Saab 9-4X: Swedish design made in Mexico

  • 03-Dec-2010 04:15 EST
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The 9-4X retains a clear Saab styling DNA, particularly at the front. Its styling and body structure positions it in looks and size between the 9-3 and the new 9-5.

Saab’s new Mexico-built 9-4X crossover—revealed at the 2010 LA Auto Show—is a close relation of the Cadillac SRX, using General Motors’ Theta Premium platform. Built at the Ramos Arizpe plant, chassis systems include Saab’s XWD all-wheel drive and electronically controlled limited slip differential (eLSD) with Haldex multi-plate clutch to vary front-to-rear wheel torque delivery. It also has DriveSense adaptive chassis control.

The 9-4X, seen in concept form at the 2008 Detroit Auto Show, was in final development as GM’s ownership of the Swedish company ended. In production form, it is very close to the concept and forms a potentially significant part of the company’s recovery plan under Spyker Cars’ ownership, led by Victor Muller. Initially it is aimed very much at the U.S. market.

Its styling and body structure positions it in looks and size between the 9-3 and the new 9-5. The 9-4X retains a clear Saab styling DNA, particularly at the front. This identity includes a signature “helmet” windshield and A-pillar configuration.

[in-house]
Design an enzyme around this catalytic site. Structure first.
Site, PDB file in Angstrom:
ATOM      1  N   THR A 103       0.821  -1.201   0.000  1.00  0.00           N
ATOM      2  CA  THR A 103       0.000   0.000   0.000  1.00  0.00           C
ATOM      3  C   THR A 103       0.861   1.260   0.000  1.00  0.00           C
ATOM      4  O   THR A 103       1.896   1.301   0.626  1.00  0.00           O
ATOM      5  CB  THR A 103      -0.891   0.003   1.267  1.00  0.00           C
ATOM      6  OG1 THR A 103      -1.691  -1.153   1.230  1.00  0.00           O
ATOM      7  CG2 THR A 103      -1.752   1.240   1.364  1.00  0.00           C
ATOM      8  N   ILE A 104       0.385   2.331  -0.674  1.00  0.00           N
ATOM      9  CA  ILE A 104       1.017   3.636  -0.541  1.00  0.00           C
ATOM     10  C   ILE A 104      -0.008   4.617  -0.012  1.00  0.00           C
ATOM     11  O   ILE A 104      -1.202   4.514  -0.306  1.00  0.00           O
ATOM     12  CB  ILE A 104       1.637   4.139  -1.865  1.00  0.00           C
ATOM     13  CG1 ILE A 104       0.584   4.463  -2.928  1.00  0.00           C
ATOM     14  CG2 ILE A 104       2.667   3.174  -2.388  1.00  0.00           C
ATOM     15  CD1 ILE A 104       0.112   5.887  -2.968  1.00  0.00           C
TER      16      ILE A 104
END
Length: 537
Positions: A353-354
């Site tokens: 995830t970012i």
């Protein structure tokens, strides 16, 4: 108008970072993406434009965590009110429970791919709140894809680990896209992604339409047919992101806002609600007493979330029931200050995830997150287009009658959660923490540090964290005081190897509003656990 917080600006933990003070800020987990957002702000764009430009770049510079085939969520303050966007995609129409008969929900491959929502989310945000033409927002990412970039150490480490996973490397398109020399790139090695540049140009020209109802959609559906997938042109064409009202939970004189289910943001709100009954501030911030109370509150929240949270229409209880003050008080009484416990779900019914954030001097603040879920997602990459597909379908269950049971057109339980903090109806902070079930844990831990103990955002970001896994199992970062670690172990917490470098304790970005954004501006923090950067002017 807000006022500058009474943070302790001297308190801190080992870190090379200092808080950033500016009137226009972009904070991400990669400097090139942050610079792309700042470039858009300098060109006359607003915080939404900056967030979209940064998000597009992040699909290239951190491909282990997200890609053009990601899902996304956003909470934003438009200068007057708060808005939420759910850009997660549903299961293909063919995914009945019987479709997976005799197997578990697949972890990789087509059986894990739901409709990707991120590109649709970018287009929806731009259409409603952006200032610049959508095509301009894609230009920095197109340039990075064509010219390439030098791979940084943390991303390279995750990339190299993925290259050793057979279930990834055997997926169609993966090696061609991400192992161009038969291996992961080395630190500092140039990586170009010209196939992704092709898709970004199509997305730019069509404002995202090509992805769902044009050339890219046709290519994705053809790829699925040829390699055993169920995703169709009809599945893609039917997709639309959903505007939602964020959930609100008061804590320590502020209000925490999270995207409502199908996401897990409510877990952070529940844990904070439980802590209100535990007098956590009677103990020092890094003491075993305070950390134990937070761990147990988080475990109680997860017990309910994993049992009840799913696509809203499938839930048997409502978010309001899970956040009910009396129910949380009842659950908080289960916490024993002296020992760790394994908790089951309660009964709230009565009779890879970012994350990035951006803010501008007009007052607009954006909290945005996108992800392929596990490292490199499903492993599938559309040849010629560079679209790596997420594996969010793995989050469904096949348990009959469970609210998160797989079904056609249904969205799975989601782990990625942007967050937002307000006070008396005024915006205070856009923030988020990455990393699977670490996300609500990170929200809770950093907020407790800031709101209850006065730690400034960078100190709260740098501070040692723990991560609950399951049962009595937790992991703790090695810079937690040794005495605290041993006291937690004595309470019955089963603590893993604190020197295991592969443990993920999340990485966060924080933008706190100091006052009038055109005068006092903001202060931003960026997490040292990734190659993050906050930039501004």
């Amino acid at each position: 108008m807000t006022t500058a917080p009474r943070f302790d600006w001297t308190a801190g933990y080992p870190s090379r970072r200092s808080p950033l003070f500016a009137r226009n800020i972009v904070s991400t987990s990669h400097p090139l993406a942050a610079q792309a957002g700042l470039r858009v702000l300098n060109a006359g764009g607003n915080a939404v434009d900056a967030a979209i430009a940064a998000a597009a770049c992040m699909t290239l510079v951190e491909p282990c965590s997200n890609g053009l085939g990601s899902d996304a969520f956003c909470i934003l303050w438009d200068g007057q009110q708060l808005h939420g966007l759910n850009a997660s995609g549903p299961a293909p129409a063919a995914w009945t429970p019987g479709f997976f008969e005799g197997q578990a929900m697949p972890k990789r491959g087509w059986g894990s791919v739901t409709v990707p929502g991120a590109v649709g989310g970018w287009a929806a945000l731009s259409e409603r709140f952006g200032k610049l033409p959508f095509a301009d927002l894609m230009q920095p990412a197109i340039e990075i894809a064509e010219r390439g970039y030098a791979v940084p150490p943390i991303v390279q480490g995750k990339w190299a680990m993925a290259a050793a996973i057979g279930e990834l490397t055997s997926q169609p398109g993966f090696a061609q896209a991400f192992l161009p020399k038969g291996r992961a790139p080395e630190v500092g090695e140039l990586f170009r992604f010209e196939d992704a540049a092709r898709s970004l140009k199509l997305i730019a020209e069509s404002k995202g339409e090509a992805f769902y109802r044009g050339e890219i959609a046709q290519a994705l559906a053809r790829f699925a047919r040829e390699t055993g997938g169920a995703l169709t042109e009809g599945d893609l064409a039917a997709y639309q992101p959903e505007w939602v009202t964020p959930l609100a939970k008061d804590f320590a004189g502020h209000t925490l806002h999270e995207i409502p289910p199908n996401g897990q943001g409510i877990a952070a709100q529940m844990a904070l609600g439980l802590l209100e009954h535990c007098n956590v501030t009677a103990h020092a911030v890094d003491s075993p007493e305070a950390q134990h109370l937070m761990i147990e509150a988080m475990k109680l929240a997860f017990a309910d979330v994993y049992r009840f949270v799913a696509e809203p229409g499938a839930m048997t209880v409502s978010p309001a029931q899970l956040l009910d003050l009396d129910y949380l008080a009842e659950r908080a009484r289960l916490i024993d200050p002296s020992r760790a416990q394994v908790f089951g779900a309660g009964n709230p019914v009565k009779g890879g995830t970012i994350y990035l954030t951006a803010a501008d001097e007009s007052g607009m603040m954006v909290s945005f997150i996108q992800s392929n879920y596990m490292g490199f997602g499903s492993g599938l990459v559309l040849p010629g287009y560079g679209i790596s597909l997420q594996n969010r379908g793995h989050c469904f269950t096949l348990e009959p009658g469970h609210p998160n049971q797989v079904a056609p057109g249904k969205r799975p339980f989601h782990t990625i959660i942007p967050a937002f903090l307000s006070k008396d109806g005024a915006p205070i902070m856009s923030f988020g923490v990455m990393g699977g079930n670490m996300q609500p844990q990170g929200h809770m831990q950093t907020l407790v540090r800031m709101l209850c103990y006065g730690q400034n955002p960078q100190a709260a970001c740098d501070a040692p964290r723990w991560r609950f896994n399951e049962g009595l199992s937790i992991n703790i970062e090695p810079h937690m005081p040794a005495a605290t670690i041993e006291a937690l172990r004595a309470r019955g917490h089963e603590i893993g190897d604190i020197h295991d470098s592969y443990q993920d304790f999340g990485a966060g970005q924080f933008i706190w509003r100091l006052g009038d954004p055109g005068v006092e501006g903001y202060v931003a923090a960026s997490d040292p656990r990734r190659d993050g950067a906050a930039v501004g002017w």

Saab is at pains to emphasize that the 9-4X has car-like handling and that the body structure is free from the compromises of adapting an existing sedan or wagon format. Tracks are graded as wide, at 1622 mm (63.9 in) front and 1623 mm (63.9 in) rear. Ground clearance is 200 mm (7.9 in). The 9-4X has a Cd of 0.38.

Safety aspects are highlighted by a EuroNCAP five-star rating. Saab states that crash testing and computer simulations are based on what happens in real collisions, using findings of a database covering some 6100 real-life accidents involving Saab cars on Swedish roads over the last 50 years. Front seats get "third-generation" head restraints. Lighting includes active bi-xenon headlights that incorporate “town mode,” providing a flatter beam that better illuminates pedestrians. Body stiffness was a design target and Saab quotes a natural resonant frequency of 31 Hz.

Engine choice leads with a twin-turbo 2.8-L V6 gasoline unit producing 221 kW (296 hp) at 5500 rpm and maximum torque of 400 N·m (295 lb·ft) between 2000 and 4000 rpm. Although Saab has given no firm indication of a diesel being offered, it is really a must for meaningful sales in the European market, which it is slated to enter next August. The 2.8-L drives through a six-speed auto gearbox. The car has an “Eco” mode, which sees modified gear-shift management and a remapped throttle action.

The crossover carries five adults and has an adaptive cargo area; the front section of the trunk floor is hinged and can be opened, as Saab puts it, by “an aircraft-shaped handle” to reveal additional underfloor stowage. Load capacity with rear seatbacks up is 485 L (17.1 ft³). It is described as having a “cockpit-inspired” cabin. Saab is fond of referring to its aviation heritage although the link now is tenuous to say the least.

Front suspension uses MacPherson struts with aluminum lower A-arm, hydraulic ride bushings, and an anti-roll; rear suspension is independent and comprises a linked H-arm configuration, coil springs, hollow anti-roll bar, and isolated subframe mountings. Suspension components make extensive use of aluminum to reduce unsprung weight.

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